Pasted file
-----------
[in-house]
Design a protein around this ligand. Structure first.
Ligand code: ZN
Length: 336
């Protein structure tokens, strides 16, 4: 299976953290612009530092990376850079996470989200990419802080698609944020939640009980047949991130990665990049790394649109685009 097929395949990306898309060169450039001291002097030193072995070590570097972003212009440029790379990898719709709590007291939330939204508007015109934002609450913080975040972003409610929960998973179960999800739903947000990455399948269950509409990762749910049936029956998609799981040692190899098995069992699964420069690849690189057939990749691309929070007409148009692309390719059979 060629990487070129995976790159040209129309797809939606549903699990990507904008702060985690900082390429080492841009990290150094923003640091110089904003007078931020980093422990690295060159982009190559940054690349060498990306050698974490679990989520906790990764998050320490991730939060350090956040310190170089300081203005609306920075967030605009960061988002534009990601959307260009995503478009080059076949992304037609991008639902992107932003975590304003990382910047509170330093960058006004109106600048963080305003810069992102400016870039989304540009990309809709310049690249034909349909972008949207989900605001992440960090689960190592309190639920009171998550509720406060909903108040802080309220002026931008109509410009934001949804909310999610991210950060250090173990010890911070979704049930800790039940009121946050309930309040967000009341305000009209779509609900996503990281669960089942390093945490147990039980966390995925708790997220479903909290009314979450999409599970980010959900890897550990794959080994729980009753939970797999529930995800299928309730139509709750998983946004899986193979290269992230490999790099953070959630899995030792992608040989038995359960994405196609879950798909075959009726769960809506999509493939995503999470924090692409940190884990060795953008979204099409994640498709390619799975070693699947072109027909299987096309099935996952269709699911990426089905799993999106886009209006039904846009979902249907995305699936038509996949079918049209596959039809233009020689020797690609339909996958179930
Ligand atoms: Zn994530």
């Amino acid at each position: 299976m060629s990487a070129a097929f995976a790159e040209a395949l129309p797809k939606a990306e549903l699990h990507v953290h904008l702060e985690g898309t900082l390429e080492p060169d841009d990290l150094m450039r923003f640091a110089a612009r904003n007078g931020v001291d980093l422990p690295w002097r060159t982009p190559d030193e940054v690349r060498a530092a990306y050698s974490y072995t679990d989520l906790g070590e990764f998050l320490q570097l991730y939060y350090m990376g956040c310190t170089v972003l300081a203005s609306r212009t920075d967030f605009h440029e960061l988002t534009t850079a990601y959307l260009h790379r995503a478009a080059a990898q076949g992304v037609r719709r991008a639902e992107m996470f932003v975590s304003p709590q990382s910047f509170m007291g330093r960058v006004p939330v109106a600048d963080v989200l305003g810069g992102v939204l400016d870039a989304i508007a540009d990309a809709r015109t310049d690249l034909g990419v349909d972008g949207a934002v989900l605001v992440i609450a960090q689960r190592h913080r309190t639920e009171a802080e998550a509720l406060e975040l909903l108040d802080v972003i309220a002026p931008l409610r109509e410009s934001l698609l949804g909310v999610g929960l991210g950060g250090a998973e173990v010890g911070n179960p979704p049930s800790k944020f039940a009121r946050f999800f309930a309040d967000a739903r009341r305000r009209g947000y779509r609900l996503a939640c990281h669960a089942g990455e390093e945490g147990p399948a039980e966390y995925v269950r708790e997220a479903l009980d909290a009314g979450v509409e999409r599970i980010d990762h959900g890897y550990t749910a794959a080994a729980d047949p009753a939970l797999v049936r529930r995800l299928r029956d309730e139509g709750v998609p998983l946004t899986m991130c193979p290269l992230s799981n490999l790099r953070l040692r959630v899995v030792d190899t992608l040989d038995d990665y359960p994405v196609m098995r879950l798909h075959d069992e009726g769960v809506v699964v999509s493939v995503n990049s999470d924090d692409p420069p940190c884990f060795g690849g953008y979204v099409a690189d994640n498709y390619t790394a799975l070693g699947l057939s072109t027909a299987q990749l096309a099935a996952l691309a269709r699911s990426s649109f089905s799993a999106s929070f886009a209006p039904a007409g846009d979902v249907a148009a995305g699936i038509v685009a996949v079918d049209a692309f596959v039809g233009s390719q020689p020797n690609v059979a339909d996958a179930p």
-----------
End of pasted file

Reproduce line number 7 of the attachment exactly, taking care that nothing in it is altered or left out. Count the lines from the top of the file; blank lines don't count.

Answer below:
């Amino acid at each position: 299976m060629s990487a070129a097929f995976a790159e040209a395949l129309p797809k939606a990306e549903l699990h990507v953290h904008l702060e985690g898309t900082l390429e080492p060169d841009d990290l150094m450039r923003f640091a110089a612009r904003n007078g931020v001291d980093l422990p690295w002097r060159t982009p190559d030193e940054v690349r060498a530092a990306y050698s974490y072995t679990d989520l906790g070590e990764f998050l320490q570097l991730y939060y350090m990376g956040c310190t170089v972003l300081a203005s609306r212009t920075d967030f605009h440029e960061l988002t534009t850079a990601y959307l260009h790379r995503a478009a080059a990898q076949g992304v037609r719709r991008a639902e992107m996470f932003v975590s304003p709590q990382s910047f509170m007291g330093r960058v006004p939330v109106a600048d963080v989200l305003g810069g992102v939204l400016d870039a989304i508007a540009d990309a809709r015109t310049d690249l034909g990419v349909d972008g949207a934002v989900l605001v992440i609450a960090q689960r190592h913080r309190t639920e009171a802080e998550a509720l406060e975040l909903l108040d802080v972003i309220a002026p931008l409610r109509e410009s934001l698609l949804g909310v999610g929960l991210g950060g250090a998973e173990v010890g911070n179960p979704p049930s800790k944020f039940a009121r946050f999800f309930a309040d967000a739903r009341r305000r009209g947000y779509r609900l996503a939640c990281h669960a089942g990455e390093e945490g147990p399948a039980e966390y995925v269950r708790e997220a479903l009980d909290a009314g979450v509409e999409r599970i980010d990762h959900g890897y550990t749910a794959a080994a729980d047949p009753a939970l797999v049936r529930r995800l299928r029956d309730e139509g709750v998609p998983l946004t899986m991130c193979p290269l992230s799981n490999l790099r953070l040692r959630v899995v030792d190899t992608l040989d038995d990665y359960p994405v196609m098995r879950l798909h075959d069992e009726g769960v809506v699964v999509s493939v995503n990049s999470d924090d692409p420069p940190c884990f060795g690849g953008y979204v099409a690189d994640n498709y390619t790394a799975l070693g699947l057939s072109t027909a299987q990749l096309a099935a996952l691309a269709r699911s990426s649109f089905s799993a999106s929070f886009a209006p039904a007409g846009d979902v249907a148009a995305g699936i038509v685009a996949v079918d049209a692309f596959v039809g233009s390719q020689p020797n690609v059979a339909d996958a179930p």